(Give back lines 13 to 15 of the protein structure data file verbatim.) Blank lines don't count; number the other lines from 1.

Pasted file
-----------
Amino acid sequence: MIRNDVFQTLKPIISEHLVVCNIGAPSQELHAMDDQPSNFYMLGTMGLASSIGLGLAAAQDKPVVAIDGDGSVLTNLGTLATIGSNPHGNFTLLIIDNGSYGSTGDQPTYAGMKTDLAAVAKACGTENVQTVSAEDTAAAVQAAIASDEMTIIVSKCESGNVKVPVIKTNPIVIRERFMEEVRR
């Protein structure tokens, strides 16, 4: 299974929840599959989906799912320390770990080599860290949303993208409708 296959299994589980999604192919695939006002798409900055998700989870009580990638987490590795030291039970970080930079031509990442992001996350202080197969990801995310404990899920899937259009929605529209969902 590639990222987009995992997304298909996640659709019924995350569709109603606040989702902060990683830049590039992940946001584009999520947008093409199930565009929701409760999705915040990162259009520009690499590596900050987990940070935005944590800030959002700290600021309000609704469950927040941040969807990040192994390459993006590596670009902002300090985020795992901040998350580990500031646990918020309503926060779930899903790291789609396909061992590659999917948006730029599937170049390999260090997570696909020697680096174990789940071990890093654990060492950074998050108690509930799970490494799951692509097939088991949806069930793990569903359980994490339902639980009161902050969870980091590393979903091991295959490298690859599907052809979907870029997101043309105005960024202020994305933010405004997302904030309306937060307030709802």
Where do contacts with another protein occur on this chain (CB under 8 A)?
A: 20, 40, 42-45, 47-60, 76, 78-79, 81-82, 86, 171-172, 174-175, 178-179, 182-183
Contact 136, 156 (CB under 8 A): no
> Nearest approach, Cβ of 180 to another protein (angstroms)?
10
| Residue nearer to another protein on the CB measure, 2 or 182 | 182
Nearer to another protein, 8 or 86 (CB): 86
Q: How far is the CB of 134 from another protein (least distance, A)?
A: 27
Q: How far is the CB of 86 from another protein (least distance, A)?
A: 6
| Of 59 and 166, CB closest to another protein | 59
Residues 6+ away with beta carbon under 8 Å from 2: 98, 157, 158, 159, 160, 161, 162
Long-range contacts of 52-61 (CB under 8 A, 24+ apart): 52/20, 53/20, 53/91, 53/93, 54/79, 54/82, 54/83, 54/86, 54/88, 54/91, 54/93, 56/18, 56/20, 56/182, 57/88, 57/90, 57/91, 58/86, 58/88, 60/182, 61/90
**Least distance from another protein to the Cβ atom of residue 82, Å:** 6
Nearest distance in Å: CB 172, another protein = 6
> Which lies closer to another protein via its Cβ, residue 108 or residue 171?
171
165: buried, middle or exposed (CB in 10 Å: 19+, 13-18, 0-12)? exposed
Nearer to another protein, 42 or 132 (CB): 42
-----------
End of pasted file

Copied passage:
A: 6
| Of 59 and 166, CB closest to another protein | 59
Residues 6+ away with beta carbon under 8 Å from 2: 98, 157, 158, 159, 160, 161, 162